This is why the ACLU-PA supports legislation reforming our election laws | Opinion

October 30, 2019 6:30 am

By Reggie Shuford

The ACLU of Pennsylvania is supporting legislation to modernize the commonwealth’s election laws, and that bill, Senate Bill 421, won approval from the Republican-controlled state House and Senate on Tuesday night. And Gov. Tom Wolf is expected to sign the legislation.

Because there has been a fair amount of controversy about the bill among legislators and advocates who often agree with each other, I want to explain how we reached our conclusion.

Whenever the ACLU determines what position to take on a voting rights issue, we ask ourselves a key question: Does this create or diminish structural barriers to voting? If a legal change or government action creates a barrier, we oppose it. If it diminishes a barrier to the ballot, we support it. If it does neither, we take no position.

A voter ID requirement is a structural barrier to voting. Closing a polling place near a historically Black university is a structural barrier to voting. And the ACLU of Pennsylvania has litigated cases on both of these issues.

Examples of reforms that diminish barriers to the ballot and that we support include in-person early voting, no-excuse absentee voting, and Election Day voter registration.

Which brings us to the bill the Generally Assembly passed Tuesday and sent to Wolf. It is the most significant election reform in Pennsylvania in several decades.

Consider what’s in the bill:

  • Changing the deadline to submit absentee ballots from 5 p.m. the Friday before the election – which is the earliest deadline in the country – to 8 p.m. on Election Day
  • Creating a vote-by-mail option that will allow anyone to vote by mail without giving a reason for doing so. Currently, Pennsylvanians can only vote absentee for a limited number of reasons, which they attest to under penalty of law.
  • Shrinking the voter registration deadline from 30 days before an election to 15 days before an election.
  • Appropriating $90 million for counties to upgrade their voting machines to include a paper trail, which is an important security measure that will confirm for voters that their ballot was counted as they intended.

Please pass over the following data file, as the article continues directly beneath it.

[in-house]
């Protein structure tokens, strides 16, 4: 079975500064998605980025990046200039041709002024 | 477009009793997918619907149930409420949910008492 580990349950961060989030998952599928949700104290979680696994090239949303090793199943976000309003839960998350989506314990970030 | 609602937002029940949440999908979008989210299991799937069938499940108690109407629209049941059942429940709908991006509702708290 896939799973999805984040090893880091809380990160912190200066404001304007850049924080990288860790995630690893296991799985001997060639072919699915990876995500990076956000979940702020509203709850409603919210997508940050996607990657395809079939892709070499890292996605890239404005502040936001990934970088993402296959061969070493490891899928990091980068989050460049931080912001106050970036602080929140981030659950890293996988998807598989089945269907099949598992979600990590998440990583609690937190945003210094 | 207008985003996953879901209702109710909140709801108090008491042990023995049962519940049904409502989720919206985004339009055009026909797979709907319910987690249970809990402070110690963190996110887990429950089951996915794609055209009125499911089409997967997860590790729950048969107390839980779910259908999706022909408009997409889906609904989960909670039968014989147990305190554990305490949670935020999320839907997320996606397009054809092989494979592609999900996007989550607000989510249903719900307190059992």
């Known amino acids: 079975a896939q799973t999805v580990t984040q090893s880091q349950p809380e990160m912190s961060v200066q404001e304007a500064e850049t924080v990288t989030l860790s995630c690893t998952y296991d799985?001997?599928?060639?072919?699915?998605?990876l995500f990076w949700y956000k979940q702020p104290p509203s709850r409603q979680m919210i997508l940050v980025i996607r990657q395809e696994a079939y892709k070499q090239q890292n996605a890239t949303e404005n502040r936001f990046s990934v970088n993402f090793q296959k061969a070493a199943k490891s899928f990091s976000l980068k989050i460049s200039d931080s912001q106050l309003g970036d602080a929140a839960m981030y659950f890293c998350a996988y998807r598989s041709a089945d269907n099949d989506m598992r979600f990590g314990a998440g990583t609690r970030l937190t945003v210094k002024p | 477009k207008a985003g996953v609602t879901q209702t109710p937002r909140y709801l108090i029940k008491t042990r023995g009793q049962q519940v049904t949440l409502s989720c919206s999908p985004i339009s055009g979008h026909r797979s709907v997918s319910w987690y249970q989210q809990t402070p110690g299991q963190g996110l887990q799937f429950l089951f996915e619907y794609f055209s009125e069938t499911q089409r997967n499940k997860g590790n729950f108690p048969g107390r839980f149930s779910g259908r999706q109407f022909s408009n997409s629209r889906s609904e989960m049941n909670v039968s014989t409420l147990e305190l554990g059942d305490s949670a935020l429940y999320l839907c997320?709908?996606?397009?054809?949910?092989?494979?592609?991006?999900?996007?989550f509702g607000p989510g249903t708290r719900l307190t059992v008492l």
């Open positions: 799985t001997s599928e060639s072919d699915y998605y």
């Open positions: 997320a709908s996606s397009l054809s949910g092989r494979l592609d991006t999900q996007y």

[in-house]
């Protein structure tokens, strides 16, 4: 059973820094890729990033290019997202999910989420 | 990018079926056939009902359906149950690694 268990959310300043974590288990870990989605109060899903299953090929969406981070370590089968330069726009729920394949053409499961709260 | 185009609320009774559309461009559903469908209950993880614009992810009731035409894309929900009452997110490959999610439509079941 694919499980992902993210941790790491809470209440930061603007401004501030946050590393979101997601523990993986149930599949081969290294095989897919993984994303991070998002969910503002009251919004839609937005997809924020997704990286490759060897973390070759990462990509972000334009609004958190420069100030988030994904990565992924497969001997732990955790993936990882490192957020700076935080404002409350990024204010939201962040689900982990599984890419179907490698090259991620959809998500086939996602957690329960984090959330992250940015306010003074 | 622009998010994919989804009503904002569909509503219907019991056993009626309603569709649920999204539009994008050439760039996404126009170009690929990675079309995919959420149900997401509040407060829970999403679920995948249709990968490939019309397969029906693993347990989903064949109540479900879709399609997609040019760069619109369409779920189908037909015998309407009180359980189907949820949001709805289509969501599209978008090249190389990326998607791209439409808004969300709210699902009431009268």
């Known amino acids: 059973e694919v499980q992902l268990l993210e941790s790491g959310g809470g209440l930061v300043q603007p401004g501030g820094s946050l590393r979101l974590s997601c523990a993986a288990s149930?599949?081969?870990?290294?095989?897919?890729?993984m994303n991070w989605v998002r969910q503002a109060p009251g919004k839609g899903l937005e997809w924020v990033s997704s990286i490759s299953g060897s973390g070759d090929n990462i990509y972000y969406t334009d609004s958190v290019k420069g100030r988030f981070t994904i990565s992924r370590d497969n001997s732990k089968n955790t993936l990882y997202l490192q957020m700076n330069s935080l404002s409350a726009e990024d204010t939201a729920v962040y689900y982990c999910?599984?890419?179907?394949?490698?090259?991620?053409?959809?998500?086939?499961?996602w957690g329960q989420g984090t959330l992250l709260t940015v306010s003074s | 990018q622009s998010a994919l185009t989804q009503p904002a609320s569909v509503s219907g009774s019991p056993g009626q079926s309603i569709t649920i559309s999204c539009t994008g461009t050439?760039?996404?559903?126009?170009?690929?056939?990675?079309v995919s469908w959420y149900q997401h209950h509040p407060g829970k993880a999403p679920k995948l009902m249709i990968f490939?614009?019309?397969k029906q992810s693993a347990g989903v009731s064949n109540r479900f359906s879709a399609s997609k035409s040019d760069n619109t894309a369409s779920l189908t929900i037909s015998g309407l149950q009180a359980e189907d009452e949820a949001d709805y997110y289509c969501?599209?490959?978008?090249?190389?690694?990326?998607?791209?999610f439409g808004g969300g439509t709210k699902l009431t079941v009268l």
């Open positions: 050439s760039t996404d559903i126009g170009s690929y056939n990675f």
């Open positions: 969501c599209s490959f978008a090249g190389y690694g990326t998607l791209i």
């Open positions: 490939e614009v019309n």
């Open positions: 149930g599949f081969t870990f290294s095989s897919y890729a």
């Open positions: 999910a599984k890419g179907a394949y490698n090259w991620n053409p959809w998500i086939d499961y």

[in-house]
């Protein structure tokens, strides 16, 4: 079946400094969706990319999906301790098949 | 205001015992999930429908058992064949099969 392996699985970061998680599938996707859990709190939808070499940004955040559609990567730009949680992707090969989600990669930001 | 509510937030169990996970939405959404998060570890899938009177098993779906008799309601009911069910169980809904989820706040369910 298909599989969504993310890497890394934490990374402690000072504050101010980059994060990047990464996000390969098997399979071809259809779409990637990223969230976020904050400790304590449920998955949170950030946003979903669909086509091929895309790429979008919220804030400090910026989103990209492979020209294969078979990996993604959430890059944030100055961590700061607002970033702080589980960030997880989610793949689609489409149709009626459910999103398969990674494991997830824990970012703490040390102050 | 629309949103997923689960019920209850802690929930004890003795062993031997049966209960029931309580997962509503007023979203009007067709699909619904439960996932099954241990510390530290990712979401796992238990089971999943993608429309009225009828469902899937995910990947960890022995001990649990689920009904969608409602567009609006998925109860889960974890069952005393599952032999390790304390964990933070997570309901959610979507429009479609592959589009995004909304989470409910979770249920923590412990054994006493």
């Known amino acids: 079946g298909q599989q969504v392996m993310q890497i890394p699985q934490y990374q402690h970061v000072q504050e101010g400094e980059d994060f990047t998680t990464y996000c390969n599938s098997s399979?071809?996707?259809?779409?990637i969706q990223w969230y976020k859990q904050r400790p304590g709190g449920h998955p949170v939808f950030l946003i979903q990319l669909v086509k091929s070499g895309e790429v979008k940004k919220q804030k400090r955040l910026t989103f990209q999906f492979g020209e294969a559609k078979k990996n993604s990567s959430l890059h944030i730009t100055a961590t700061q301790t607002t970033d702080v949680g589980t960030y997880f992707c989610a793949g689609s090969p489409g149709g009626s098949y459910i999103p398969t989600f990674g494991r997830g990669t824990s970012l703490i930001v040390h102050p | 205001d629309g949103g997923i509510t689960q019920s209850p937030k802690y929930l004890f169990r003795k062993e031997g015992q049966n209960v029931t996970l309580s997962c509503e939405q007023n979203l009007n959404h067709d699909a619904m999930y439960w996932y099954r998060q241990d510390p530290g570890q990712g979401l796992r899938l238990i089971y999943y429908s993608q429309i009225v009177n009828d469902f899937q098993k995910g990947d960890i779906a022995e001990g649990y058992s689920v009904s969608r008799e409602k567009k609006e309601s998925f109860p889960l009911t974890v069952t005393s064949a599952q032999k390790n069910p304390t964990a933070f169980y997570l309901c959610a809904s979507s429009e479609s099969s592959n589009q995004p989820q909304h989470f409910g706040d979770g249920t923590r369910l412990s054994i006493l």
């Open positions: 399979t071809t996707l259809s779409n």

The ACLU of Pennsylvania’s support for vote-by-mail, or what is sometimes called no-excuse absentee voting, dates back at least a decade, to when we supported legislation offered by then-Representative Babette Josephs to advance that reform.

Voting by mail will be a boon for working people with unpredictable schedules and for people with disabilities who face challenges in physically getting to the polls on Election Day.

And we are in court right now challenging Pennsylvania’s current absentee ballot deadline, arguing that it is unconstitutional under the state constitution’s voting rights and equal protection provisions.

Election data reported by the media and gathered by our lawyers indicates that, in every election, thousands of absentee voters don’t have their ballots counted because of this early deadline.

The current deadline is a structural barrier to voting, and SB 421 will diminish that barrier by extending the deadline.

Our clients are nine voters whose absentee ballots were not counted in the 2018 election, including an emergency medical technician, several students who attend school out of state, a journalist, and a public relations professional.

To be clear, we are certainly aware of the controversy over another provision in the bill that will eliminate the straight party voting option. When advocates and legislators raise the spectre of voter suppression, we take that seriously.

In our analysis, eliminating the straight party voting option neither creates a barrier to voting nor diminishes one, and, thus, we have no position on that issue.

No one will lose the right to vote because of the elimination of straight party voting. While Pennsylvania’s voters may be accustomed to having the option to vote for all candidates from one party with a single push of a button, it is reasonable to expect that voters will adapt and vote based on the ballot that is in front of them.

Straight party voting is not common, in fact; Pennsylvania is one of just nine states that have it. The others are Alabama, Indiana, Kentucky, Michigan, Oklahoma, South Carolina, Texas, and Utah.

We truly understand the passions on both sides of this bill. At the ACLU of Pennsylvania, we determined that Senate Bill 421 will eliminate barriers to the ballot for thousands of the commonwealth’s citizens. And that’s why we’ve asked state legislators to vote “yes” on this bill and hope Gov. Wolf will sign it.

Reggie Shuford is the executive director of the ACLU of Pennsylvania.

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